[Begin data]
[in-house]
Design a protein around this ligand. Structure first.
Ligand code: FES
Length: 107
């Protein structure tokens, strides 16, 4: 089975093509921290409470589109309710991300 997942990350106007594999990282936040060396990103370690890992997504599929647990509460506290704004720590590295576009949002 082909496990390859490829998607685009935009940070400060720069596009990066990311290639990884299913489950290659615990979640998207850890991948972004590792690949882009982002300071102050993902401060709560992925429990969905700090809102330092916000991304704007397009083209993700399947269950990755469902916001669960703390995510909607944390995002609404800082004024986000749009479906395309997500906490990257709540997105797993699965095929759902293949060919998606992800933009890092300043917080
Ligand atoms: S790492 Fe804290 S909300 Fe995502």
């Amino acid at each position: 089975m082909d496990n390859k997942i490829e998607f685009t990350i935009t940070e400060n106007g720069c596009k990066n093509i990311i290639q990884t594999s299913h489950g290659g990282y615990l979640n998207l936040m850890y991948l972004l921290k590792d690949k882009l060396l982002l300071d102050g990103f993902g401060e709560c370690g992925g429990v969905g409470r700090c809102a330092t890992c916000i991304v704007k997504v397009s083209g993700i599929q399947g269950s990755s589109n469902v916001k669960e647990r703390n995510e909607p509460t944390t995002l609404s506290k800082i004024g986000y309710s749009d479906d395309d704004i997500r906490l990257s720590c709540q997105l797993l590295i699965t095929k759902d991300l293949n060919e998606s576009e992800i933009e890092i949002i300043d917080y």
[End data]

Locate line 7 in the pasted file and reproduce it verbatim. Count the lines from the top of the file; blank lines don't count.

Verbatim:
């Amino acid at each position: 089975m082909d496990n390859k997942i490829e998607f685009t990350i935009t940070e400060n106007g720069c596009k990066n093509i990311i290639q990884t594999s299913h489950g290659g990282y615990l979640n998207l936040m850890y991948l972004l921290k590792d690949k882009l060396l982002l300071d102050g990103f993902g401060e709560c370690g992925g429990v969905g409470r700090c809102a330092t890992c916000i991304v704007k997504v397009s083209g993700i599929q399947g269950s990755s589109n469902v916001k669960e647990r703390n995510e909607p509460t944390t995002l609404s506290k800082i004024g986000y309710s749009d479906d395309d704004i997500r906490l990257s720590c709540q997105l797993l590295i699965t095929k759902d991300l293949n060919e998606s576009e992800i933009e890092i949002i300043d917080y």